Can Arkansas tenants make repairs and deduct the cost (use the "repair and deduct" remedy) when a landlord doesn't make repairs?
No, Arkansas tenants cannot use the "repair and deduct" remedy when a landlord doesn't make repairs. In Arkansas, if a landlord fails to provide habitable premises, the only remedy is for the tenant to send landlord a written notice of the issues. If the landlord doesn't fix the problems within 30 calendar days of receiving the notice, the tenant can terminate the lease or rental agreement without penalty and receive a refund of the security deposit. (Ark. Code Ann. § 18-17-502(d) (2021).)
Arkansas state laws specify when and how landlords can terminate tenancies. Landlords must officially terminate a tenancy before they can file an eviction lawsuit.
Arkansas has two ways for landlords to evict a tenant who doesn't pay rent: a civil process called "unlawful detainer" and a criminal process called "failure to vacate." The unlawful detainer process is used more often than failure to vacate.
When an Arkansas tenant violates a term of the lease—such as having a pet in violation of a no-pets policy—the landlord must give the tenant a 14-day notice to cure (fix the problem) or quit (move out). If the tenant does not fix the problem or move out within those 14 days, the landlord can file an unlawful detainer lawsuit. (Ark. Code Ann. § 18-17-701(a) (2021).)
Arkansas landlords can evict tenants who commit certain crimes at the rental, including illegal gambling, prostitution, and drug dealing. (Ark. Code Ann. §§ 18-16-501, 18-16-502 (2021).) When this happens, landlords can file an unlawful detainer suit immediately. (Ark. Code Ann. § 18-60-304(5) (2021).)
Landlords can also evict tenants who fail to maintain the rental in a safe, healthy, or habitable condition: If a tenant causes a rental to become unsafe or uninhabitable—for example, by removing the hot water heater or allowing trash to accumulate in the unit—and the condition can be fixed, the landlord must give the tenant a 14 days' written notice to fix the situation. If the tenant doesn't fix it, the landlord can file an unlawful detainer suit. (Ark. Code Ann. § 18-17-702 (2021).) If the situation is one that can't be repaired, the landlord can file an unlawful detainer suit immediately. (Ark. Code Ann. § 18-60-304(4) (2021).)
In all states, even in the absence of a statute, landlords can enter a rental without giving notice in order to deal with a true emergency (an imminent and serious threat to health, safety, or property); and when the tenant has abandoned the property (left for good).
How much notice does an Arkansas landlord have to give a renter before entering the rental?
Arkansas law does not specify how much notice landlords must give tenants before entering a rental.
Does a landlord's entry notice need to be in writing?
Arkansas law does not specify that landlords must give notice or whether any notice must be in writing.
Several other landlord-tenant laws might affect both property owners and renters in Arkansas, including:
Does Arkansas have rent control?
No. Arkansas does not have statewide rent control, nor does it allow cities or counties to enact their own rent control laws.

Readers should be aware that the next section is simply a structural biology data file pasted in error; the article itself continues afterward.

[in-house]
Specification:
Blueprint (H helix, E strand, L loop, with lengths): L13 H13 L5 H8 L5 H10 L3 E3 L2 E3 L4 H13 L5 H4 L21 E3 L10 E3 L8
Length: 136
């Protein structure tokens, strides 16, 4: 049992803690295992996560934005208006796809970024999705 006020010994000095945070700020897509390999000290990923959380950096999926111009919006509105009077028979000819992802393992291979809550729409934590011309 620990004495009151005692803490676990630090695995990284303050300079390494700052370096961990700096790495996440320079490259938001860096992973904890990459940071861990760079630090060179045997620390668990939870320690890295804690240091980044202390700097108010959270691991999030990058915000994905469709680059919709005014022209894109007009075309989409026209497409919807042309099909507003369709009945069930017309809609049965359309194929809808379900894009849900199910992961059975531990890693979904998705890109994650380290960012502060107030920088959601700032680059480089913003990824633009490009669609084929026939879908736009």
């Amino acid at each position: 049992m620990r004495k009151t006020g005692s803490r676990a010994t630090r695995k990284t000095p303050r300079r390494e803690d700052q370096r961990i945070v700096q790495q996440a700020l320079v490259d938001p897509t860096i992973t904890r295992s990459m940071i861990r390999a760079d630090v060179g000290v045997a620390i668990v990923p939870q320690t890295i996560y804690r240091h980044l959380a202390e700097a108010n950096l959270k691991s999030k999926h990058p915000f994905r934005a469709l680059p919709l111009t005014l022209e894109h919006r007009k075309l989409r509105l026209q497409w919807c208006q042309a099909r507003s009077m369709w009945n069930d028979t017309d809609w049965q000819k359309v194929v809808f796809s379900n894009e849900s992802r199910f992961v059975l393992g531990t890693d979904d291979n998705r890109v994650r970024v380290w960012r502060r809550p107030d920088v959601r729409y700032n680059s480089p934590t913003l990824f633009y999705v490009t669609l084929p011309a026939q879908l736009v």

Can Arkansas leases and rental agreements require tenants to pay the landlord's attorneys' fees or costs of collection?
Arkansas does not have a law prohibiting landlords from requiring tenants to pay the landlord's attorneys' fees or costs of collection.
If you want to read the text of a law itself, such as state security deposit rules, start by checking citations for Arkansas landlord-tenant statutes. To access the statutes themselves, see the state section of the Library of Congress's legal research site. You can search the table of contents for the landlord-tenant statutes. Or, if you don't know the exact statute number, you can enter a keyword that is likely to be in it, such as "nonpayment of rent."
Cities and counties often pass local ordinances, such as health and safety standards, noise and nuisance regulations, and anti-discrimination rules that affect landlords and tenants. Many municipalities have websites—just search for the name of a particular city in Arkansas and then do a search when you're on the site.
State and Local Government on the Net and Municode (click on "Code Library" in the main menu) are good sources for finding local governments online. Also, your local public library or office of the city attorney, mayor, or city or county manager can provide information on local ordinances that affect landlords and tenants in Arkansas.
Congress and federal agencies, such as the U.S. Department of Housing and Urban Development (HUD) and the U.S. Environmental Protection Agency (EPA), have enacted laws and regulations that apply to the landlord-tenant relationship in Arkansas. These laws and regulations address topics such as discrimination and landlord responsibilities to disclose environmental health hazards, such as lead-based paint.
The U.S. Code is the starting place for most federal statutory research. It consists of 53 separate numbered titles, each covering a specific subject matter. Most federal regulations are published in the Code of Federal Regulations ("CFR"). To access the U.S. Code and Code of Federal Regulations online, see the federal section of the Library of Congress's legal research site.
For more information on legal research, check out Legal Research: How to Find & Understand the Law, by Stephen Elias (Nolo). This nontechnical book gives easy-to-use, step-by-step instructions on how to find legal information.
You'll also find a wealth of information in Nolo's landlord-tenant books.
The following types of living arrangements are not covered by Arkansas's residential landlord-tenant laws: